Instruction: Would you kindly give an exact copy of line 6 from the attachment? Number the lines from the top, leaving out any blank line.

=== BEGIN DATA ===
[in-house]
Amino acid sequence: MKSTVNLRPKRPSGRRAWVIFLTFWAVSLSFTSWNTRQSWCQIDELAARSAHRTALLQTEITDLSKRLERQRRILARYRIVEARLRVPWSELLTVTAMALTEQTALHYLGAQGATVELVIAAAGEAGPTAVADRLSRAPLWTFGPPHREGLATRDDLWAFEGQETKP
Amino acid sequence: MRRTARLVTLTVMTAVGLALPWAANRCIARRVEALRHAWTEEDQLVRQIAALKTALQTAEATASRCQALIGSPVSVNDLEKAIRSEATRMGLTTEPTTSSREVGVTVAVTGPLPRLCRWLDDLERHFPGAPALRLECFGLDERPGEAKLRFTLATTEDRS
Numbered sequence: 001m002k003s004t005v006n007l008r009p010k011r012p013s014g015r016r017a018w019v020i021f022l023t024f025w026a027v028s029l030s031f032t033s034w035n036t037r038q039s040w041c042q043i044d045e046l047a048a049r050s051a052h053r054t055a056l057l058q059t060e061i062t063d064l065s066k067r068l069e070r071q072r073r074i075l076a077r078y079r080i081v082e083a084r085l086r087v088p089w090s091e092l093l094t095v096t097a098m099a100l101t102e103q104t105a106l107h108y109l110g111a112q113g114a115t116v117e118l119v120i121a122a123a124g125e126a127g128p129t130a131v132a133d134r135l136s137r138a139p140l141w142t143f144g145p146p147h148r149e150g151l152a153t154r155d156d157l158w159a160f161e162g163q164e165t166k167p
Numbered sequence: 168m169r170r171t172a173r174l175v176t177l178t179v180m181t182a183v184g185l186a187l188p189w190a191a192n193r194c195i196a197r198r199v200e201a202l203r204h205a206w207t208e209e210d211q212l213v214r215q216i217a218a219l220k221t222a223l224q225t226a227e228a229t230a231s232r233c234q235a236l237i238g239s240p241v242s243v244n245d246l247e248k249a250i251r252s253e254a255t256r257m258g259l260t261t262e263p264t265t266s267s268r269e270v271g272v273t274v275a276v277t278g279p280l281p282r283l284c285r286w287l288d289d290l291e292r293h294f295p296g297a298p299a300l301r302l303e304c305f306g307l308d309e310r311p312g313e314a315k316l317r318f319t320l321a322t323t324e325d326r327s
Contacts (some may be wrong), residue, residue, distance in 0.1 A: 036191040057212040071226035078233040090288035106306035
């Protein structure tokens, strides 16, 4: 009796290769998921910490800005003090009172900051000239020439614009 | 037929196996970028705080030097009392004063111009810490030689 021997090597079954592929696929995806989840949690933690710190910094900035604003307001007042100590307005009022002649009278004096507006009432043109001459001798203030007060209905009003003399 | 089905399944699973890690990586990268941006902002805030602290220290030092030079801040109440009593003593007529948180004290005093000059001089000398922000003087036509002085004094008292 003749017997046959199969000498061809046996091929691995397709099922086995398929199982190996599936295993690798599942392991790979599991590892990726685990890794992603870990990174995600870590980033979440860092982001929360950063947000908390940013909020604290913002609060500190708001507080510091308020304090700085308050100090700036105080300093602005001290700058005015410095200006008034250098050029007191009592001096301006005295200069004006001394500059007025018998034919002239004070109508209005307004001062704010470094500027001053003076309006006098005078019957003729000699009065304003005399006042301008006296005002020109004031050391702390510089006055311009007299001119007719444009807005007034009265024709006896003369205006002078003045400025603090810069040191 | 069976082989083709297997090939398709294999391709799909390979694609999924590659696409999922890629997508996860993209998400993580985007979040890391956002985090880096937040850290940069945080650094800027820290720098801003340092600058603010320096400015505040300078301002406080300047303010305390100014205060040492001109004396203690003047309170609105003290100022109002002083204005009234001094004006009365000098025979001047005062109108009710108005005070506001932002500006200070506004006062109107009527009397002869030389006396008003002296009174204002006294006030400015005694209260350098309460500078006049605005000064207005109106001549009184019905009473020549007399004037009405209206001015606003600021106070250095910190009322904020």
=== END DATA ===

Contacts (some may be wrong), residue, residue, distance in 0.1 A: 036191040057212040071226035078233040090288035106306035